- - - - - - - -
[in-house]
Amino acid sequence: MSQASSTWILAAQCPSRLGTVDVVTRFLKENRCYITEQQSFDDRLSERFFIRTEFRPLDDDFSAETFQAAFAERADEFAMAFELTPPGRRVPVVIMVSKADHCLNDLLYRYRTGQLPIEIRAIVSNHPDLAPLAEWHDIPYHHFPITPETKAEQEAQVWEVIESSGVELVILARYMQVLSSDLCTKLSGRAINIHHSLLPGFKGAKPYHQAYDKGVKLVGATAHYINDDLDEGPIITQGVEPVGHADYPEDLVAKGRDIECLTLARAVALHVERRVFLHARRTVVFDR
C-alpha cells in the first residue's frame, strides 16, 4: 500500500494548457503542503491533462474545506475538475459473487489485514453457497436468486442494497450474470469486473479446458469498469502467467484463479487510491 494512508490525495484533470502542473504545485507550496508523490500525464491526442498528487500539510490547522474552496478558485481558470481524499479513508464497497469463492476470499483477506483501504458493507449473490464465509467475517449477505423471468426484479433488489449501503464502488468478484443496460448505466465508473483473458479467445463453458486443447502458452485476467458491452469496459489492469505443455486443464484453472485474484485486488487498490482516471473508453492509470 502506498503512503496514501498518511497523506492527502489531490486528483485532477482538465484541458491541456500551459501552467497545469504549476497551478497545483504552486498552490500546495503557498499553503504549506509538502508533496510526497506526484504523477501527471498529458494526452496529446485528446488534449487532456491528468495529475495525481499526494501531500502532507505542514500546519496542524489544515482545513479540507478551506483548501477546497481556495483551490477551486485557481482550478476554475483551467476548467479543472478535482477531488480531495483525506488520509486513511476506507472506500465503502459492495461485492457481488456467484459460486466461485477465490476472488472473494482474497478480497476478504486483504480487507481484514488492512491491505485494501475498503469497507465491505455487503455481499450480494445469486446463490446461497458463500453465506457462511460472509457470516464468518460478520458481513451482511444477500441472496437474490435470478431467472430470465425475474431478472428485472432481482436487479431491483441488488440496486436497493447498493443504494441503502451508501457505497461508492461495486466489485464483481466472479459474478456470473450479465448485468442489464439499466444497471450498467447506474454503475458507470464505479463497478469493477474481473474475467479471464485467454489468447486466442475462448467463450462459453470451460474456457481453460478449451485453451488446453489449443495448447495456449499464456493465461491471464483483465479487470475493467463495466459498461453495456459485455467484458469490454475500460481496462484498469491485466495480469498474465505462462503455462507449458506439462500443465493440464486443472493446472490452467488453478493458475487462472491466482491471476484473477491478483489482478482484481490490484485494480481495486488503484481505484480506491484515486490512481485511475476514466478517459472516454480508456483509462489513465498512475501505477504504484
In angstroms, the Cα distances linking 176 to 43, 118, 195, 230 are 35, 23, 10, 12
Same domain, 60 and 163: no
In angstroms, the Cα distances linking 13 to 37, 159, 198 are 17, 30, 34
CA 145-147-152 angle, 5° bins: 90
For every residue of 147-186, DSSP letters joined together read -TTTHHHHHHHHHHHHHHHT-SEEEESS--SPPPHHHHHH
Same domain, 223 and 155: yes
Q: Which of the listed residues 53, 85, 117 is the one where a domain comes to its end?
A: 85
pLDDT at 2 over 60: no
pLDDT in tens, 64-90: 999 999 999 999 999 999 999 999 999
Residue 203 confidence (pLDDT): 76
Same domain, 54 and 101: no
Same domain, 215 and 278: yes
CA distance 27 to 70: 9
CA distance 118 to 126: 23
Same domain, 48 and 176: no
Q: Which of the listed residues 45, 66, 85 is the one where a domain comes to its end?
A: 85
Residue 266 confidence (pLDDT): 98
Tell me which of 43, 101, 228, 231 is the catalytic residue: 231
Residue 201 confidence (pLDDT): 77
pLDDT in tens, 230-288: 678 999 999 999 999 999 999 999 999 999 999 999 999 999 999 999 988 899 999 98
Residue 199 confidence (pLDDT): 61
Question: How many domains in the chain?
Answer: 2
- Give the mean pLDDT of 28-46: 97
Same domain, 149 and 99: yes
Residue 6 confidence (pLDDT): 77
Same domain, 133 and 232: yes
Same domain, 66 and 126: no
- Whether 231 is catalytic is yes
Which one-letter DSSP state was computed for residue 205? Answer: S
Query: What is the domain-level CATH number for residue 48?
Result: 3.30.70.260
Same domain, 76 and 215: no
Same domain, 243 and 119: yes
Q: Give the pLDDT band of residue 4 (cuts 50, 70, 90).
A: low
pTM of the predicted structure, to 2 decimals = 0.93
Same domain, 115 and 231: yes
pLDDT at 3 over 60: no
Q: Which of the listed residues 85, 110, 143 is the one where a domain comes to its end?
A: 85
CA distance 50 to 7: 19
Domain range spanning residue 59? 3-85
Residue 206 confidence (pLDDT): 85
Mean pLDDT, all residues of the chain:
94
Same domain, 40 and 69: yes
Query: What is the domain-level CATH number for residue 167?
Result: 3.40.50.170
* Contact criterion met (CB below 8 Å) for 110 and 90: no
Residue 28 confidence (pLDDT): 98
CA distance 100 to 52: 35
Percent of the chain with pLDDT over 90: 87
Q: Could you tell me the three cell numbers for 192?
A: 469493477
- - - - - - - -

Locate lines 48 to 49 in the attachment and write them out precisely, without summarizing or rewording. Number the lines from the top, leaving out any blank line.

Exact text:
Domain range spanning residue 59? 3-85
Residue 206 confidence (pLDDT): 85